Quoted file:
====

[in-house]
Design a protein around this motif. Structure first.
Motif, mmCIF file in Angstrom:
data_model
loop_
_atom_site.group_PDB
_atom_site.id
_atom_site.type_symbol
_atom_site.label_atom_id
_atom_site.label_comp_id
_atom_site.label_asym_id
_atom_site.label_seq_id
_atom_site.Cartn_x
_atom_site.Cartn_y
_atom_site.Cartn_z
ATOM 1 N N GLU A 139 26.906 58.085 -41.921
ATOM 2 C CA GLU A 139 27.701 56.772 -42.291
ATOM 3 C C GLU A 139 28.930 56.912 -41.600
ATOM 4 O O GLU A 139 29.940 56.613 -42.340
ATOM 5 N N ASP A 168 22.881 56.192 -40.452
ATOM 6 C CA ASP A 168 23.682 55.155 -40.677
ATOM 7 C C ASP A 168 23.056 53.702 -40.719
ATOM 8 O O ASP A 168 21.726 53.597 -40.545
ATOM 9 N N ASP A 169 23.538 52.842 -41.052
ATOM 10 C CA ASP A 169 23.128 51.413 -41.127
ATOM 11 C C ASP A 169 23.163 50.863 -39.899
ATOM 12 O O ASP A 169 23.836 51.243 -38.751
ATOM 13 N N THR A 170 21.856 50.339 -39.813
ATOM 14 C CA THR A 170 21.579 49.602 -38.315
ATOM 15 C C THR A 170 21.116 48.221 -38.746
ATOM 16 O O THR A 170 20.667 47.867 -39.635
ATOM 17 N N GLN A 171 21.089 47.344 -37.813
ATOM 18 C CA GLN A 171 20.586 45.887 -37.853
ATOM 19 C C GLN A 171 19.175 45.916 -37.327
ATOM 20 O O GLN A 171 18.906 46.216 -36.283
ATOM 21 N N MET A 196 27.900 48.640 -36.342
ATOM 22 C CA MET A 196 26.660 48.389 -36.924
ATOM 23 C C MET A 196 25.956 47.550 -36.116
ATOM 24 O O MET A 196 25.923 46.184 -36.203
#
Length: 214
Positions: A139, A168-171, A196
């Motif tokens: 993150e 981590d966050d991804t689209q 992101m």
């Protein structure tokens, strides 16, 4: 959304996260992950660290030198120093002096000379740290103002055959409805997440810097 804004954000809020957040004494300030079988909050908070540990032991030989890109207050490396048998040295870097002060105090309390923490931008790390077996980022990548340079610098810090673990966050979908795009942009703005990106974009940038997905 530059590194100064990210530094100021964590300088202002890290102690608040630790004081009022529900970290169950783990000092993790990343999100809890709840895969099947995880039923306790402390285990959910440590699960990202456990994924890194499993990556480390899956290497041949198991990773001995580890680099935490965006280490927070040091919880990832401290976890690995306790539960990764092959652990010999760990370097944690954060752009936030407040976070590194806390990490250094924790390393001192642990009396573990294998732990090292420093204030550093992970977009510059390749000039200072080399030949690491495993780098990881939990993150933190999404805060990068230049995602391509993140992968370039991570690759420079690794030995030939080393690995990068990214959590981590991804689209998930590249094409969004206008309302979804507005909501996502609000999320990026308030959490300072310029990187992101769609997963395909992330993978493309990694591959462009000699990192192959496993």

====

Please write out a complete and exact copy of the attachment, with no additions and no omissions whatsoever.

[in-house]
Design a protein around this motif. Structure first.
Motif, mmCIF file in Angstrom:
data_model
loop_
_atom_site.group_PDB
_atom_site.id
_atom_site.type_symbol
_atom_site.label_atom_id
_atom_site.label_comp_id
_atom_site.label_asym_id
_atom_site.label_seq_id
_atom_site.Cartn_x
_atom_site.Cartn_y
_atom_site.Cartn_z
ATOM 1 N N GLU A 139 26.906 58.085 -41.921
ATOM 2 C CA GLU A 139 27.701 56.772 -42.291
ATOM 3 C C GLU A 139 28.930 56.912 -41.600
ATOM 4 O O GLU A 139 29.940 56.613 -42.340
ATOM 5 N N ASP A 168 22.881 56.192 -40.452
ATOM 6 C CA ASP A 168 23.682 55.155 -40.677
ATOM 7 C C ASP A 168 23.056 53.702 -40.719
ATOM 8 O O ASP A 168 21.726 53.597 -40.545
ATOM 9 N N ASP A 169 23.538 52.842 -41.052
ATOM 10 C CA ASP A 169 23.128 51.413 -41.127
ATOM 11 C C ASP A 169 23.163 50.863 -39.899
ATOM 12 O O ASP A 169 23.836 51.243 -38.751
ATOM 13 N N THR A 170 21.856 50.339 -39.813
ATOM 14 C CA THR A 170 21.579 49.602 -38.315
ATOM 15 C C THR A 170 21.116 48.221 -38.746
ATOM 16 O O THR A 170 20.667 47.867 -39.635
ATOM 17 N N GLN A 171 21.089 47.344 -37.813
ATOM 18 C CA GLN A 171 20.586 45.887 -37.853
ATOM 19 C C GLN A 171 19.175 45.916 -37.327
ATOM 20 O O GLN A 171 18.906 46.216 -36.283
ATOM 21 N N MET A 196 27.900 48.640 -36.342
ATOM 22 C CA MET A 196 26.660 48.389 -36.924
ATOM 23 C C MET A 196 25.956 47.550 -36.116
ATOM 24 O O MET A 196 25.923 46.184 -36.203
#
Length: 214
Positions: A139, A168-171, A196
């Motif tokens: 993150e 981590d966050d991804t689209q 992101m």
């Protein structure tokens, strides 16, 4: 959304996260992950660290030198120093002096000379740290103002055959409805997440810097 804004954000809020957040004494300030079988909050908070540990032991030989890109207050490396048998040295870097002060105090309390923490931008790390077996980022990548340079610098810090673990966050979908795009942009703005990106974009940038997905 530059590194100064990210530094100021964590300088202002890290102690608040630790004081009022529900970290169950783990000092993790990343999100809890709840895969099947995880039923306790402390285990959910440590699960990202456990994924890194499993990556480390899956290497041949198991990773001995580890680099935490965006280490927070040091919880990832401290976890690995306790539960990764092959652990010999760990370097944690954060752009936030407040976070590194806390990490250094924790390393001192642990009396573990294998732990090292420093204030550093992970977009510059390749000039200072080399030949690491495993780098990881939990993150933190999404805060990068230049995602391509993140992968370039991570690759420079690794030995030939080393690995990068990214959590981590991804689209998930590249094409969004206008309302979804507005909501996502609000999320990026308030959490300072310029990187992101769609997963395909992330993978493309990694591959462009000699990192192959496993």